Active Resistance was also largely responsible for the staging of a "Festival of the Oppressed." This expression of symbolic politics consisted of a mix of performance art and street protest in which several hundred people paraded through the streets bearing papier mâché and wooden puppet art. People wore police badges and pigs' head masks. There was also an enormous skeletal figure of the Pope. A mockery of the corporate advertisement figure "Joe Camel" appeared, mouth stuffed with cigarettes while "pushing smokes" on bystanders. As a statement of displeasure with the corporate media "reporters" were on the scene carrying cameras labelled "Empty TV" (MTV) and "See BS" (CBS).

De-Territorialization: Mythic Space

ANARCHY: A self-governed society in which people organize themselves from the bottom up on an egalitarian basis; decisions made by those affected by them; direct democratic control of our workplaces, schools, neighbourhoods, towns and bio-regions with coordination between differing groups as needed. A world where women and men are free and equal and all of us have power over our own lives, bodies and sexuality; where we cherish and live in balance with the earth and value diversity of cultures, races and sexual orientations; where we work and live together cooperatively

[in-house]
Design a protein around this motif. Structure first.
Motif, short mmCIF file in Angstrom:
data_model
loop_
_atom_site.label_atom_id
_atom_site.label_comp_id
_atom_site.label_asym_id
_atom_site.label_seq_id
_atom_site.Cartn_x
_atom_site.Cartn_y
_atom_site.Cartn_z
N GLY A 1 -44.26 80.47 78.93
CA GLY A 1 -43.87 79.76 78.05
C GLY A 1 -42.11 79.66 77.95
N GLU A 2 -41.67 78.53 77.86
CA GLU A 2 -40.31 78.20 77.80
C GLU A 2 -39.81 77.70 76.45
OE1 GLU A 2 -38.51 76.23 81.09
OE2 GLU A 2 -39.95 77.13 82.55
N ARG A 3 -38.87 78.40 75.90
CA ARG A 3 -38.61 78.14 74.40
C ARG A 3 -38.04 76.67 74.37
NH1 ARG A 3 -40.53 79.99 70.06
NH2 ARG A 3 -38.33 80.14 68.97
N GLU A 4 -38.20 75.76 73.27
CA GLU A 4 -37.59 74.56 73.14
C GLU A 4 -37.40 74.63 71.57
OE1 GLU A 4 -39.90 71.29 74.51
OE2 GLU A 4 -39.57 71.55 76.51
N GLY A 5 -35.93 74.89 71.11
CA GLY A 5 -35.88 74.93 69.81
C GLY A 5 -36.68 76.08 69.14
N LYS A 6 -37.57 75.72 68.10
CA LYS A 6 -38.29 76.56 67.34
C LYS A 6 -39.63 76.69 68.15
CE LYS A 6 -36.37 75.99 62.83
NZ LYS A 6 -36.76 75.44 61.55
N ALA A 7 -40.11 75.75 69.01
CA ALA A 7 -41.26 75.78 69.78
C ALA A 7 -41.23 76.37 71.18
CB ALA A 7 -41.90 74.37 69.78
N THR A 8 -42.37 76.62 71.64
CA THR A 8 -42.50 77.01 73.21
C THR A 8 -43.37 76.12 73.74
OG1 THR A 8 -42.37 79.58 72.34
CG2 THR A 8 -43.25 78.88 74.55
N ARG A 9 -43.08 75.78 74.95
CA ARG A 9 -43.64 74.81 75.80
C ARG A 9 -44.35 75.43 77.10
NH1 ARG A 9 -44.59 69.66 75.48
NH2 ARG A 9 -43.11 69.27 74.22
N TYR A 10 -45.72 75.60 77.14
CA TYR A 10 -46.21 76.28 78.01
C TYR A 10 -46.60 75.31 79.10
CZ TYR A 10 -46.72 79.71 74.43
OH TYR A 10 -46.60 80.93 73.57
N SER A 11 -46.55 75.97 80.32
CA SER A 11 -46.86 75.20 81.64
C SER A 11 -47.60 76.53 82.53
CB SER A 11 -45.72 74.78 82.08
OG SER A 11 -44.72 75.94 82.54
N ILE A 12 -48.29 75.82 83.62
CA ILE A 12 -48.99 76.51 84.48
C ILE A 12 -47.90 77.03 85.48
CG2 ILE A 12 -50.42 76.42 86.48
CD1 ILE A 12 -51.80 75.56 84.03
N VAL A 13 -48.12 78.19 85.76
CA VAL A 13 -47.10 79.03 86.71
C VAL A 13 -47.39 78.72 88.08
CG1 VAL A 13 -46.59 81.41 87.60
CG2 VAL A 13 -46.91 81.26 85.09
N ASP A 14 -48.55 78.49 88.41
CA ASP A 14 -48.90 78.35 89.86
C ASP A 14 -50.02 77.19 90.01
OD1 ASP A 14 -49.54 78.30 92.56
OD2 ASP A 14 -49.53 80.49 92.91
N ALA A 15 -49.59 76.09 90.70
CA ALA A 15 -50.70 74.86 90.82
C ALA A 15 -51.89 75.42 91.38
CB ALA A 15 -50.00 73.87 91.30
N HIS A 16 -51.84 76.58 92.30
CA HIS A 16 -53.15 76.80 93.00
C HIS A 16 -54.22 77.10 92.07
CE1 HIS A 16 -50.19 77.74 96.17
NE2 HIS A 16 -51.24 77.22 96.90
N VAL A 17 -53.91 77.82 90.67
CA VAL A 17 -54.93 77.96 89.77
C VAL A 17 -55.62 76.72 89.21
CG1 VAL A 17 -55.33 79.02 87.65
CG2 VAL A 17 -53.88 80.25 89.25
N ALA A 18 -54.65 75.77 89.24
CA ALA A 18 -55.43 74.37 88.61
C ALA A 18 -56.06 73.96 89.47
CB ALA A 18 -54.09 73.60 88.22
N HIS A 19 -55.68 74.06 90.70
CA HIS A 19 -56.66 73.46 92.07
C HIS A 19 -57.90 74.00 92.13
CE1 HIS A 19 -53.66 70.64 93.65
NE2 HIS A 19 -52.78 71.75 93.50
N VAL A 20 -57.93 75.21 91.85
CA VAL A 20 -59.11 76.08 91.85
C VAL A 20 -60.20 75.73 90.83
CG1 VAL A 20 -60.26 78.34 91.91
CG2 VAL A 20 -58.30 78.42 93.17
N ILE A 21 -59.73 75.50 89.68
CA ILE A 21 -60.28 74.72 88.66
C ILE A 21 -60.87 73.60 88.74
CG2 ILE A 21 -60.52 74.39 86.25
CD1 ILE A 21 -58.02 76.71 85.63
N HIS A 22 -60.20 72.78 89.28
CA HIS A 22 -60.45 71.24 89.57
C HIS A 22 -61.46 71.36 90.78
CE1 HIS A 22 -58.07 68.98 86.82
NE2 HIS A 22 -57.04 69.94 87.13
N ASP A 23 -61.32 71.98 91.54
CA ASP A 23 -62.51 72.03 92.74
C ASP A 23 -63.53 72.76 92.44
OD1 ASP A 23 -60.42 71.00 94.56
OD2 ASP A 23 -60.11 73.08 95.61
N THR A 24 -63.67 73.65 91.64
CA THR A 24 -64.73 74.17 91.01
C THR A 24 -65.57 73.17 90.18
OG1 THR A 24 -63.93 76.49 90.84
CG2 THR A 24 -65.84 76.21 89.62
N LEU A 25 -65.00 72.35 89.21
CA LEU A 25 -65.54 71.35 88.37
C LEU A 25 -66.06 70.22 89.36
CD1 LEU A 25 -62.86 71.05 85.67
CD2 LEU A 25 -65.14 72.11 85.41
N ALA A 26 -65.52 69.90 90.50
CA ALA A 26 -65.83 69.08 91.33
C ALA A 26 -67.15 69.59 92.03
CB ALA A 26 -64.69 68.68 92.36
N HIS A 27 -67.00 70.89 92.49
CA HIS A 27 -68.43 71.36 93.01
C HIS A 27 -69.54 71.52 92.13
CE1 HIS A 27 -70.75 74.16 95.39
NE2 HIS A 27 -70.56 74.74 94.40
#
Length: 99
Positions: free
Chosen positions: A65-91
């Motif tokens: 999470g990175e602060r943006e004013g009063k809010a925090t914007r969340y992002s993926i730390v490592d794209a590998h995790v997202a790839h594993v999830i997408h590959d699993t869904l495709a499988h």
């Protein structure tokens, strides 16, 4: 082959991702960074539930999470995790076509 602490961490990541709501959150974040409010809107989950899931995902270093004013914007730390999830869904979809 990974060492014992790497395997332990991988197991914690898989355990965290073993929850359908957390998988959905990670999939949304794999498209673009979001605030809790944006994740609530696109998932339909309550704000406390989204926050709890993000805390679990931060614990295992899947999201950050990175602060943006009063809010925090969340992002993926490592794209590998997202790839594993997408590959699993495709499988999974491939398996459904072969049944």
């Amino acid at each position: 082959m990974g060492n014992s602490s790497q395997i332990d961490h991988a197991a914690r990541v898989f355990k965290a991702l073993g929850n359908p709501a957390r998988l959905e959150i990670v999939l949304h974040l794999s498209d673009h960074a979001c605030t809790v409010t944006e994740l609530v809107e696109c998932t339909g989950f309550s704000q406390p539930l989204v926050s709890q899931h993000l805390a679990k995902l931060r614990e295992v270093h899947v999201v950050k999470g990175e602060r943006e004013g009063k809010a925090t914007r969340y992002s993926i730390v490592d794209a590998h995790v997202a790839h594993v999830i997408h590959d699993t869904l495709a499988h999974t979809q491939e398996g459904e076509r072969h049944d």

— From the Active Resistance pamphlet. [7]

How might the discourses of Active Resistance relate to the emergence of a new "idea/myth" which Taylor suggests would oppose territoriality? I propose that "Anarchy" appears in the movements of Active Resistance as a type of Sorelian social myth.

Georges Sorel was primarily interested in the myths by which agents actively organize to undermine a political status quo. "An important aspect of those social movements concerned with social change, Sorel noted, is the creation of myths which help members to make sense out of the present, justify their efforts at change, and point to a new future" (Neustadter 345). Any myth, for Sorel, consists of "a body of imprecise meanings couched in symbolic form" (Hughes 96). Included within myths are elements of "unreality" introduced by what Sorel terms "expressive supports." These expressive supports bridge the gaps in discourse. Marked by sentimentalism and laden with emotion, they provide part of the appeal of social movements.